Following the death of Martin Luther King Jr.,
Baltimore witnessed one of the worst moments in its history
as riots tore at the city's fabric. The city's
neighborhoods in the mid- to late 1960s were also
undergoing a transformation, caught in the throes of
advancing crime rates and a decline in the quality of
housing and public schools.
It was amid this climate that conversations began on
how best to improve community and ensure the future of such
neighborhoods as Charles Village, Remington and Hampden.
Representatives of Johns Hopkins and Union Memorial
Hospital took a lead role in these community conversations,
out of which arose the Greater Homewood Community Corp.
Founded in 1969, GHCC is a United Way-affiliated
nonprofit organization that serves north-central Baltimore
and several major area institutions, including The Johns
Hopkins University. Its mission is to strengthen
neighborhoods by improving education, supporting youth
development and advancing economic development and
From its inception, GHCC has focused on improving the
quality of life for people living in Greater Homewood.
Currently, its activities fall into six major categories:
adult literacy and English as a second language; public
education; youth development; economic development and
housing; neighborhood outreach; and community meeting
William Miller, executive director of GHCC since 1998,
says that the organization's original mission was to
stabilize the neighborhoods around the Homewood campus, but
today it has a far more expansive reach that encompasses
nearly 68,000 residents living in 40 neighborhoods. Its
borders stretch from North Avenue to the south and the
city/county line to the north, and from the Jones Fall
River to the west and York Road to the east.
"We are not a representative of the individual
neighborhood groups, but we are advocates of them and will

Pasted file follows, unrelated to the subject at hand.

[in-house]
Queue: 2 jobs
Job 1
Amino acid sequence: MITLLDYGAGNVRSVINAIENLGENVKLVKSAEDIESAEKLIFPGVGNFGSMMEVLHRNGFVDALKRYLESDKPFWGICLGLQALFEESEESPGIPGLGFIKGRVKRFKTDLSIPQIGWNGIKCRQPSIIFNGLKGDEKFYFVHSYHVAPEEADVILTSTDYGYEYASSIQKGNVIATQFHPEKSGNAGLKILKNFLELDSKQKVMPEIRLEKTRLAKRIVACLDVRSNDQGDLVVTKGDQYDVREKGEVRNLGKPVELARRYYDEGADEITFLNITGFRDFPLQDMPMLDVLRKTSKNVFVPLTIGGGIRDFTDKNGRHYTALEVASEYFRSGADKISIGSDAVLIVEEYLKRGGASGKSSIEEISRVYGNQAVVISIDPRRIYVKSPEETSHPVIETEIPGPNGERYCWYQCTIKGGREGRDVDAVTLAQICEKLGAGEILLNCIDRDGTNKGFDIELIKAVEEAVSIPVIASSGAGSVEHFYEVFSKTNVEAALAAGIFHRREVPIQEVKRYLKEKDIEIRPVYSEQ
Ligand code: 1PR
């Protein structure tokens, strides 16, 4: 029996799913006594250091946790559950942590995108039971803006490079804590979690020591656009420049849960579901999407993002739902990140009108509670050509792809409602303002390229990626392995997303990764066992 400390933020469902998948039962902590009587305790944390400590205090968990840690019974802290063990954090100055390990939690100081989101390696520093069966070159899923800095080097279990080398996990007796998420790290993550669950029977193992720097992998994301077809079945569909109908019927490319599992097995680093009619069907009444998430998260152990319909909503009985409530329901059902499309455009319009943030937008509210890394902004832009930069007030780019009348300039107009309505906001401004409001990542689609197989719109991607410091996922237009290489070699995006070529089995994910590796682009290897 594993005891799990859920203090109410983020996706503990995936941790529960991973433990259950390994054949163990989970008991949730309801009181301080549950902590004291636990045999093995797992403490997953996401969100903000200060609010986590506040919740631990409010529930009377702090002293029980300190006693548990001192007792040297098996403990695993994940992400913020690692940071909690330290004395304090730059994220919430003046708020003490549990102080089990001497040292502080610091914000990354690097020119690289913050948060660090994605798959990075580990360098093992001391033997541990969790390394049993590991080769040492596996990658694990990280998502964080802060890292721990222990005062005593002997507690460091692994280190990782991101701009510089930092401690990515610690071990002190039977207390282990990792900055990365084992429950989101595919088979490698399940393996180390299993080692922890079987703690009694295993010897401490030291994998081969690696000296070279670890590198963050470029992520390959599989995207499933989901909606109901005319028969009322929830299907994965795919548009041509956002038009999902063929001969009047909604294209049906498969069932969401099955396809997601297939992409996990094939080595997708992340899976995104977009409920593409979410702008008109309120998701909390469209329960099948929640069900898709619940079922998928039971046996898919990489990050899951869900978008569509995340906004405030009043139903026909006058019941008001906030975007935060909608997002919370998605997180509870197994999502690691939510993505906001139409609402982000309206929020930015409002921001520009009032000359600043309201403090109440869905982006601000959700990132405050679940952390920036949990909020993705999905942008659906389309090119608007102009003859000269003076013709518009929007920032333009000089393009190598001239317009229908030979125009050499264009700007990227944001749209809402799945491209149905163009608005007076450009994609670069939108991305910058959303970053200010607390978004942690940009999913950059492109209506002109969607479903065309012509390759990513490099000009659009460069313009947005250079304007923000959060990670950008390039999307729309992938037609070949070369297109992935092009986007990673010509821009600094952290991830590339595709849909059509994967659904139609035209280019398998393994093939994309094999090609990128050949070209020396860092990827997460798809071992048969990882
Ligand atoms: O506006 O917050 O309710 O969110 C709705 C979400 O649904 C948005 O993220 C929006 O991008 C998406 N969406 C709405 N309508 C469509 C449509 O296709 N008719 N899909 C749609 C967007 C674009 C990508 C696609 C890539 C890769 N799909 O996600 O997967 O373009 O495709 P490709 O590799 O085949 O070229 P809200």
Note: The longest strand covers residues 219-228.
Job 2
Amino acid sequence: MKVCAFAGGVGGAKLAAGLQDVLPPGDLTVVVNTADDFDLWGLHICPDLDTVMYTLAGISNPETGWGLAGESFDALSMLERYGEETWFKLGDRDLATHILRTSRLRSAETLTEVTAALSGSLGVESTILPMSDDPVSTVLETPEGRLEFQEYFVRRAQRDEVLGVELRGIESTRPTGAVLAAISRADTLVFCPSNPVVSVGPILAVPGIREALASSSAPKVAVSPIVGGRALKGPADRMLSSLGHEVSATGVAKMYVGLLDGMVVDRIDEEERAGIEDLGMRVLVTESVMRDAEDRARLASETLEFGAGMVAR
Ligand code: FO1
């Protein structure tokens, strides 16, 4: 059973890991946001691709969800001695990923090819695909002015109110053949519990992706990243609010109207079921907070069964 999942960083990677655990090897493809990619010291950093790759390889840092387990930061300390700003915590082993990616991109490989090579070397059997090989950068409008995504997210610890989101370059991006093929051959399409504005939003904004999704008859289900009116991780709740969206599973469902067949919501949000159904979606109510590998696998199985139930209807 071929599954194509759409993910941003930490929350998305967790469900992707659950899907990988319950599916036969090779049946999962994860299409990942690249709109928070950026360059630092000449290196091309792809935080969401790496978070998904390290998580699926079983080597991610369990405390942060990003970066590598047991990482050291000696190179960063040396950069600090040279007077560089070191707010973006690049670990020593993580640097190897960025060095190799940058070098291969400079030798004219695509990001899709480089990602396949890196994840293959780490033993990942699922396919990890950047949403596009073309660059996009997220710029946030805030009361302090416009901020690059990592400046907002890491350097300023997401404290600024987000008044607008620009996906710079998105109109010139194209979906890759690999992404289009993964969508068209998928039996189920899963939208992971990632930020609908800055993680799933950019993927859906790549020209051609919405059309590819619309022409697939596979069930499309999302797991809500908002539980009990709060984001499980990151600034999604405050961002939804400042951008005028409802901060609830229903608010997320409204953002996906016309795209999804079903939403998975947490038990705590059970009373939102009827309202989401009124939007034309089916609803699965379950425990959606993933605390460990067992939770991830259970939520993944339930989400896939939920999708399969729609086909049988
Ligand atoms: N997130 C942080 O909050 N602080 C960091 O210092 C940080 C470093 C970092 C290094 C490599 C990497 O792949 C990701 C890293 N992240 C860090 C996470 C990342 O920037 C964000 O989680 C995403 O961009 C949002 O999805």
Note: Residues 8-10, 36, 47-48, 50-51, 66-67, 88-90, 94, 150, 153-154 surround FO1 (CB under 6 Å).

help them whenever we can," he says. "Whereas the
neighborhood groups might be more focused on crime and
grime, rezoning issues and the such, we are looking at
large-scale planning and economic development for this
entire area of the city."
Specifically, GHCC assists community associations in
increasing leadership capacity, mobilizing citizen
involvement and developing special projects.
The organization's physical location has moved a lot
during its history. Its first headquarters were in Hampden
and then Remington before taking JHU-donated space in the
Wyman Medical Building. In 1989, the organization moved
into the University Baptist Church at 3501 N. Charles St.,
now the home of its adult literacy program. Today, GHCC
headquarters reside next door, at 3503 N. Charles St.
Currently, GHCC has 12 full-time and five part-time
staff and 11 AmeriCorps Vista volunteers, several of whom
are graduates of Johns Hopkins. It also annually enlists
some 2,000 people as volunteers.
The organization began its adult literacy and English
as a second language programs 13 years ago, at a time when
33 percent of the adult population in Baltimore read below
an eighth-grade level. The adult literacy program offers
both free and low-cost instruction in basic reading,
writing and math.
"We see this as a vital service to the community, one
that improves the outcomes for those who come through the
program," Miller says. "And our English instruction courses
are critical, too, as we have a lot of foreign-born people
in the area, such as foreign-born Johns Hopkins graduate
students who often come to our English language
Hopkins' relationship with GHCC has always been a
close one. University students have a long history of
volunteering at Greater Homewood, as do faculty and staff,
most participating in the adult literacy program. Today,
two people with Hopkins affiliations sit on the
organization's board: Michael Beer, professor emeritus in
the Biophysics Department, serves as the board chair, and
Frederick Savage, the university's deputy general counsel,
is its board secretary.
Ross Jones, university vice president and secretary
emeritus, was one of the driving forces behind the
community conversations in the 1960s that stirred the
"I thought that if we could get the community to take
a look at itself, residents and business leaders would see
what was going on and want to address them collectively,"